Not only is it possible to see proof of East’s described painting technique in his paintings, but Lake Bourget also reveals a significant compositional change by the artist that must have happened more than six years after it was first exhibited in 1900. Since the painting did not sell during the Royal Academy Exhibition, East may have been inclined to rethink his composition after a critic of his painting found that ‘his trees have had so much of the reality abstracted out of them that they cease to be interesting.’ An image of the same painting published in his manual in 1906 shows no changes. The first instance of alterations was registered by the Alfred East Art Gallery in Kettering who received the painting directly from the artist for their opening exhibition in 1913. There is little doubt that East’s reworkings happened before the painting arrived to the Gallery. In ultraviolet light it is also possible to ascertain some of the less visible passages he revisited, since they lie above the oiling out layer and therefore appear darker.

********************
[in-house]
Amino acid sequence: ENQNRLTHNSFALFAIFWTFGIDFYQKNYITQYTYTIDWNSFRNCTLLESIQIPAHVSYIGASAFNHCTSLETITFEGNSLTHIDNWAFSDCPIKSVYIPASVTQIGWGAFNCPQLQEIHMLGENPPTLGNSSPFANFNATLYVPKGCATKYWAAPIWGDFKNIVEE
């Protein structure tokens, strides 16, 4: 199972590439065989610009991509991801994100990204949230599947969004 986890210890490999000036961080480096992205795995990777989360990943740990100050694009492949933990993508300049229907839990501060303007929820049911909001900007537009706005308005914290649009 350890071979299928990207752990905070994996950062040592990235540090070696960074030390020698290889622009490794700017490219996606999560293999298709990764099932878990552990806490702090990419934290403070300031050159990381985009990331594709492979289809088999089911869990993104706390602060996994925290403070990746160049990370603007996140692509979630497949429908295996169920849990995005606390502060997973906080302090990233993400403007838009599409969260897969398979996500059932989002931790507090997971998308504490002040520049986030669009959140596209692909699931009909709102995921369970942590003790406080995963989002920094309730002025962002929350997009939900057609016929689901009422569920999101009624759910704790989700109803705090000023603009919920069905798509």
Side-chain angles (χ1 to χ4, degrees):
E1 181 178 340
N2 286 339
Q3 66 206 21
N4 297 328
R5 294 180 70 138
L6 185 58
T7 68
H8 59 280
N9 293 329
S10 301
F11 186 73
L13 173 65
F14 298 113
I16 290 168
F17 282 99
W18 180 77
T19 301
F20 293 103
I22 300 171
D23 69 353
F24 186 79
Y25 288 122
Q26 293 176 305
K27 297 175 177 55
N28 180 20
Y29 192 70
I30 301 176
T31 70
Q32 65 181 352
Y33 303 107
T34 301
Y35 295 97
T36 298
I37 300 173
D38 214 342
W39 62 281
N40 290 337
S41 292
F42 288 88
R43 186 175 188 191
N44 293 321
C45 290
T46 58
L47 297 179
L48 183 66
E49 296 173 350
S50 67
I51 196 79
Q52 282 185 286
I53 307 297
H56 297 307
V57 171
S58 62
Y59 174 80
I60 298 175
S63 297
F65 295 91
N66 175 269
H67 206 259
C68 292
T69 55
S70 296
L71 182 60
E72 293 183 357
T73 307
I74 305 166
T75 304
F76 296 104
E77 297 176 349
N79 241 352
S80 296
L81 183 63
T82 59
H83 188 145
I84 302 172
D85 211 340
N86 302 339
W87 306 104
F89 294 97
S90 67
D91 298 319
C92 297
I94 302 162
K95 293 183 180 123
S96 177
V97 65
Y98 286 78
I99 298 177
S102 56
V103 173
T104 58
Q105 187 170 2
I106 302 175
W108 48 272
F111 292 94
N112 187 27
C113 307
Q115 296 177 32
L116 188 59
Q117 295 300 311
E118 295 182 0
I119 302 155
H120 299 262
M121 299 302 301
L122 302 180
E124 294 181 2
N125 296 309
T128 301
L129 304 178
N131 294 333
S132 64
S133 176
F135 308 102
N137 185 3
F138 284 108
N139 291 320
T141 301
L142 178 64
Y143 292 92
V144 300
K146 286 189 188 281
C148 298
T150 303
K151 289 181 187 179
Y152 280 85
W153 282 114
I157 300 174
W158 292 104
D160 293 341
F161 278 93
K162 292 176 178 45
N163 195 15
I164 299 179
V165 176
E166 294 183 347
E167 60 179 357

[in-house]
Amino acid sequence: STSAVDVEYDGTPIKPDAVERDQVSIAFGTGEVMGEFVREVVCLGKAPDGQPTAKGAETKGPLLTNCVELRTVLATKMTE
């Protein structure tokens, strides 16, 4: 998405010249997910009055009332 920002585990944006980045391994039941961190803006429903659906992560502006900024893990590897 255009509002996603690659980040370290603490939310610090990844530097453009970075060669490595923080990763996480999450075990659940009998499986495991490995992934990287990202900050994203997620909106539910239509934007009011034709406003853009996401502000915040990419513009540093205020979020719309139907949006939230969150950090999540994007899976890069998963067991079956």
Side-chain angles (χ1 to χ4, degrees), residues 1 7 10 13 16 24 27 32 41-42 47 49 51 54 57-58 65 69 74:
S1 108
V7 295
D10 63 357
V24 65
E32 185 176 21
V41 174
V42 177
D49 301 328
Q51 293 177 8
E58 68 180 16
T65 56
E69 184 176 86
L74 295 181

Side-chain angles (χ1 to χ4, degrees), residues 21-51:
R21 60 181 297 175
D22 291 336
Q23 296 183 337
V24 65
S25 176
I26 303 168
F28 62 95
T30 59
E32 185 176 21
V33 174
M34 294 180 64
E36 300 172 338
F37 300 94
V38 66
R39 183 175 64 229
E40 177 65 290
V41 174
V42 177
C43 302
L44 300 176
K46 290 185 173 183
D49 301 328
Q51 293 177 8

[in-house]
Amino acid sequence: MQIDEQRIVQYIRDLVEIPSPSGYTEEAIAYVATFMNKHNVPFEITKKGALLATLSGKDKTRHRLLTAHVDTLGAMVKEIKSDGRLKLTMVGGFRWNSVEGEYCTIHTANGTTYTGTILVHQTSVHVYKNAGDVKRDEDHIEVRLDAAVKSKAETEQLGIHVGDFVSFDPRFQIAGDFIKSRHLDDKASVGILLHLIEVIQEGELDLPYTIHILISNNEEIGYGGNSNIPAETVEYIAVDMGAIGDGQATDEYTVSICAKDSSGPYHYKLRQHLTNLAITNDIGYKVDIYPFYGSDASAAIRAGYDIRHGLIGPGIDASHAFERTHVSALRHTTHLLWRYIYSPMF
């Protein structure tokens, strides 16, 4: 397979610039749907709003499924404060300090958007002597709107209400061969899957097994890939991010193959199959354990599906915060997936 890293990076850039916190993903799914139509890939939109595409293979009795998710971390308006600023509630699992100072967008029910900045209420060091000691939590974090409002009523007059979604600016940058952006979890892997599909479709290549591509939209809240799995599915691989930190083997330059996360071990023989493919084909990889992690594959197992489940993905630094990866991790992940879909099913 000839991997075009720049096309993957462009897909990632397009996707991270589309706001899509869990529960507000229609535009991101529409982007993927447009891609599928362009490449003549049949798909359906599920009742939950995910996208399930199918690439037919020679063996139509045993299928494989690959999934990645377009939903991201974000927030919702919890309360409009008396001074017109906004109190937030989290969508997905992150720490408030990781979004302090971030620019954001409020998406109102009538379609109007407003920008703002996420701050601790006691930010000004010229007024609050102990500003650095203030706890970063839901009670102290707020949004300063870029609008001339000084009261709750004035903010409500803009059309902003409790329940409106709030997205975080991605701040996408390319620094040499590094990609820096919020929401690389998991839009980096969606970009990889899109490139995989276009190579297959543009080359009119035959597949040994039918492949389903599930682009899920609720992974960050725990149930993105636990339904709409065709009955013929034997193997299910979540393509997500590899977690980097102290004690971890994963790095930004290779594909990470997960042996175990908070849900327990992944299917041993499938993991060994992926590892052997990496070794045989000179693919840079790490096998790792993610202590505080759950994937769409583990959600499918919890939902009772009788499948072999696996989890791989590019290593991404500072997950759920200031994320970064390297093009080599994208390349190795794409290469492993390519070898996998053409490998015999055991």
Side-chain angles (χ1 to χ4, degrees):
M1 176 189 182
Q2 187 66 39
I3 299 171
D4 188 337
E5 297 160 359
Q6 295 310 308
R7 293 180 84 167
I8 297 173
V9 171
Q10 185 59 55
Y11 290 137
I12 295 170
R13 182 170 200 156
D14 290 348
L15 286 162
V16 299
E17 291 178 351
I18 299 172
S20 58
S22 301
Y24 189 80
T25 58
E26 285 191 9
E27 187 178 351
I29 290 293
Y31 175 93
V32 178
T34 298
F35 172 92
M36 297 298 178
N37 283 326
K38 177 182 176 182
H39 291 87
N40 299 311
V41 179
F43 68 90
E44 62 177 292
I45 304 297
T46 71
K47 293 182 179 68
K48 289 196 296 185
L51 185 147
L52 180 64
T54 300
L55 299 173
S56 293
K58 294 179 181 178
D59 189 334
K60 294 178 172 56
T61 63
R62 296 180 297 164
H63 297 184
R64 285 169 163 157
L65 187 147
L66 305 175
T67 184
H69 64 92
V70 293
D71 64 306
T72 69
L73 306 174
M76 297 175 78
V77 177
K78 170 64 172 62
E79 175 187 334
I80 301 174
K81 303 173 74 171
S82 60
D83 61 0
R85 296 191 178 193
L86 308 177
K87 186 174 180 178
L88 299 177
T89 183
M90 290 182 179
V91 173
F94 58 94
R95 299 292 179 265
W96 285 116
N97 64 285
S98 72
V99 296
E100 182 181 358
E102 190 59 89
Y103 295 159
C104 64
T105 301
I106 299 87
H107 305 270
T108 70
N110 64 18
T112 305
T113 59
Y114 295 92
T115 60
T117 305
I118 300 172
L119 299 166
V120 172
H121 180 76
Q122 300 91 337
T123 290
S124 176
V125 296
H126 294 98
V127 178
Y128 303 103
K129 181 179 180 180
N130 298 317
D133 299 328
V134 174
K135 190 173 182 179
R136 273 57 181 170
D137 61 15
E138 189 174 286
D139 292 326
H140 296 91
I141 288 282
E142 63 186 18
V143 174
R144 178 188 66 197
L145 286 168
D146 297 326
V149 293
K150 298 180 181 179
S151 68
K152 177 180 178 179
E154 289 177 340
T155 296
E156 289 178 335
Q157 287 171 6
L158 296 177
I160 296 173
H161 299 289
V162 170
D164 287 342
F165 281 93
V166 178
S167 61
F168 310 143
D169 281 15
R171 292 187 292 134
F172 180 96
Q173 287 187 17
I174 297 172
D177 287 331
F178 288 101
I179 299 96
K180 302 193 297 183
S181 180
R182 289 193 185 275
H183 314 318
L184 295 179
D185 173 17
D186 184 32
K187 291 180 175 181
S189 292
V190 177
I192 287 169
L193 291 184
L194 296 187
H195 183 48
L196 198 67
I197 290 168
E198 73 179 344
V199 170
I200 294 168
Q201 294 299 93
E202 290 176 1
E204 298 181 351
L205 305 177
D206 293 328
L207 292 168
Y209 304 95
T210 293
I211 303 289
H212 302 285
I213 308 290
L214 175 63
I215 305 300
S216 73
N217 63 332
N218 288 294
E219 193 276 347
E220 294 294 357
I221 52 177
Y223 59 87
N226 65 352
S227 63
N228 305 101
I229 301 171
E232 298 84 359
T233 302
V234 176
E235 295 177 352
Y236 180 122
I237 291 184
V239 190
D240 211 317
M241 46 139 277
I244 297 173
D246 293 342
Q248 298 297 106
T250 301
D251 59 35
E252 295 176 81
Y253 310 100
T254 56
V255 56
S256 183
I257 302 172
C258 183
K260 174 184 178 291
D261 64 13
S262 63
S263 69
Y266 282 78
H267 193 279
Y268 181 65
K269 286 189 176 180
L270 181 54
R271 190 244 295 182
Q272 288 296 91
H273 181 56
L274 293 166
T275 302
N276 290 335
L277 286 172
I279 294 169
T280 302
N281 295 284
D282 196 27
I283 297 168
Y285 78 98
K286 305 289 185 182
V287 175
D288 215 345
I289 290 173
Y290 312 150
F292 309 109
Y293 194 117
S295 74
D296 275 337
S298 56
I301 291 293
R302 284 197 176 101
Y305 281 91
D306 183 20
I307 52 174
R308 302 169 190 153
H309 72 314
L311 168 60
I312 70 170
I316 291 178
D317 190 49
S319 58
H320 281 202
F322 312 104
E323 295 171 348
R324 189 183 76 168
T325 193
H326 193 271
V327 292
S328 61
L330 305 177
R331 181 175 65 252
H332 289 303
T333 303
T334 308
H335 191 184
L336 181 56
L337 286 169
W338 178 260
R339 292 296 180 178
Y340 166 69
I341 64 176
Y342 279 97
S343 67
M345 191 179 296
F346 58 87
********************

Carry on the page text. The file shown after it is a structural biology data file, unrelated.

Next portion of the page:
These areas also directly correspond to the passages that exhibited solvent sensitivity during cleaning. East’s described use of lean oil paint suggests that his mixtures were under-bound, meaning the pigment particles were not sufficiently coated with binding medium and therefore friable. Consequently the varnish covering sensitive areas was merely reduced and a thin layer was left in place.